1. What were your thoughts when you first heard of the result of the referendum?
It was not an unexpected result. Last week my prediction was 53:47. I wrote to someone early this week saying that in light of the pause of the campaign after the murder of Jo Cox MP it might be more like 51.8:48.2. And yet I was still shocked and became more so as it sank in.
2. Could an exit of the UK result in changes to the constitutional setup of the European Union, for better or worse?
My hope had been that Remain would be a platform not for the status quo but for real reform. The narrative from Tusk today was all about the unity of the EU27. It would be disappointing of that meant business as usual. There might be lots of dimensions to this but I still feel the relationship between the European Council and the European Commission lies at the heart of the issue of political responsibility and where reform might be needed.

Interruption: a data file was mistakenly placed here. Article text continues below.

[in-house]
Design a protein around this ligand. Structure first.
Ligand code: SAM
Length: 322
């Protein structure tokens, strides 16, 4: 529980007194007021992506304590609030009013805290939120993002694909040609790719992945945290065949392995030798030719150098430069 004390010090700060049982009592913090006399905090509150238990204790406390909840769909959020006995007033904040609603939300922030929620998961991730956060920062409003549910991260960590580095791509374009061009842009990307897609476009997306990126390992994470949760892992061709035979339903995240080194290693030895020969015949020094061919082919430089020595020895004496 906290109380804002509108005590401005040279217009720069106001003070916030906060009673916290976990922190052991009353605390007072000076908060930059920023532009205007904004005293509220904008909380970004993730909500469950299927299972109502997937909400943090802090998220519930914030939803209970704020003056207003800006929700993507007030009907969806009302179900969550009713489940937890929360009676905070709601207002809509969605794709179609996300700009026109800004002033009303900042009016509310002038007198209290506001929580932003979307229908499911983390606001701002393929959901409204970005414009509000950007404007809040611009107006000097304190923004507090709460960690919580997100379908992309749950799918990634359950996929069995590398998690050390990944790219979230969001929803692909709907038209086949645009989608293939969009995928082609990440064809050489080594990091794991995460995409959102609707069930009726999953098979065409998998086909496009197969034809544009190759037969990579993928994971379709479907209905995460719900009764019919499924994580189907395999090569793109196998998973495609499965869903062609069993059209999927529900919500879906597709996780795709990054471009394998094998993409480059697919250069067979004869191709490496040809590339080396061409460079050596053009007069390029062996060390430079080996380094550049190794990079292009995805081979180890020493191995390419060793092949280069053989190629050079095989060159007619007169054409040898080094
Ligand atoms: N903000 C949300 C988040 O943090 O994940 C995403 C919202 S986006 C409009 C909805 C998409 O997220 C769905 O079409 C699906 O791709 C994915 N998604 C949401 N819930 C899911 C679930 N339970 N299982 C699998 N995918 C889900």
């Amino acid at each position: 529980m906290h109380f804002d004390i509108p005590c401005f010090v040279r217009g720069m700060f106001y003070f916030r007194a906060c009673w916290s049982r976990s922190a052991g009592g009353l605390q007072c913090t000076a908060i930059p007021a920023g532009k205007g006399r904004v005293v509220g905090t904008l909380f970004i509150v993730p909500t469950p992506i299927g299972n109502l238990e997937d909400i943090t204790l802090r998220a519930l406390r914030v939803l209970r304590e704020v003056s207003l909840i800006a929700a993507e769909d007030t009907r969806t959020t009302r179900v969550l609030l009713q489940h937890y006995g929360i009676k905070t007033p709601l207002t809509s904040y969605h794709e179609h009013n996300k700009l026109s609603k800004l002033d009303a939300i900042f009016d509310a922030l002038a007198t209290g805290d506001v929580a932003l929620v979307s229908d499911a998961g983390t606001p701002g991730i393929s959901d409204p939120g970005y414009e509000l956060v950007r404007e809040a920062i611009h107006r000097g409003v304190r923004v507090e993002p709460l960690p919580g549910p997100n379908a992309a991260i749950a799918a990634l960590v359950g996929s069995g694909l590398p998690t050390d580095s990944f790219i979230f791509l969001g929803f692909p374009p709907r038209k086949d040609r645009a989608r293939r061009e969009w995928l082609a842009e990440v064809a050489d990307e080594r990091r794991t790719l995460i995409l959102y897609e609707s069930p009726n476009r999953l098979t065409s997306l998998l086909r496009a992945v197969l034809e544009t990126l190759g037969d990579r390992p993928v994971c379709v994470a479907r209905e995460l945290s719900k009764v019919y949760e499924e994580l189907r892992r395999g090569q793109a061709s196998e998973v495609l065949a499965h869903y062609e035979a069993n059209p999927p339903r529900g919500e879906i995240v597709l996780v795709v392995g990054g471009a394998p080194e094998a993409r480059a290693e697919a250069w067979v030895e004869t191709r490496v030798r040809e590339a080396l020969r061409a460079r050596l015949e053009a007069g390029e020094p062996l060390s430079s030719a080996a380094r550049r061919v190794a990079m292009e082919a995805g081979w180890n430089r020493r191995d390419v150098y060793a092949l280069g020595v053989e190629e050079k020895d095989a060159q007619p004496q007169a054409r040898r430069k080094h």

3. What does the referendum teach us about the merits and limits of direct democracy?
Referendums are a poor way of deciding issues that have policy linkages and whose effects are uncertain in temporal terms and have significant inter-generational consequences.
4. Do you think the decision for Brexit could be
There might be a mood for a referendum to endorse the withdrawal deal and if rejected that would throw open the Brexit decision itself. Cannot rule it out even though not looking likely at this point.
5. Do you see a way to keep Scotland and Northern Ireland within the European Union?
The new normal is not 27+1. There is no single UK position and that will be significant in terms of the negotiation process. Key claims made by the Leave campaign are likely to yield pushback from the devolved administrations and with that a likely independence resurgence in Scotland. N Ireland is far less clear but obvious pretext for Irish nationalists to push for unification.
Questions by Maximilian Steinbeis.
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All the best, Max Steinbeis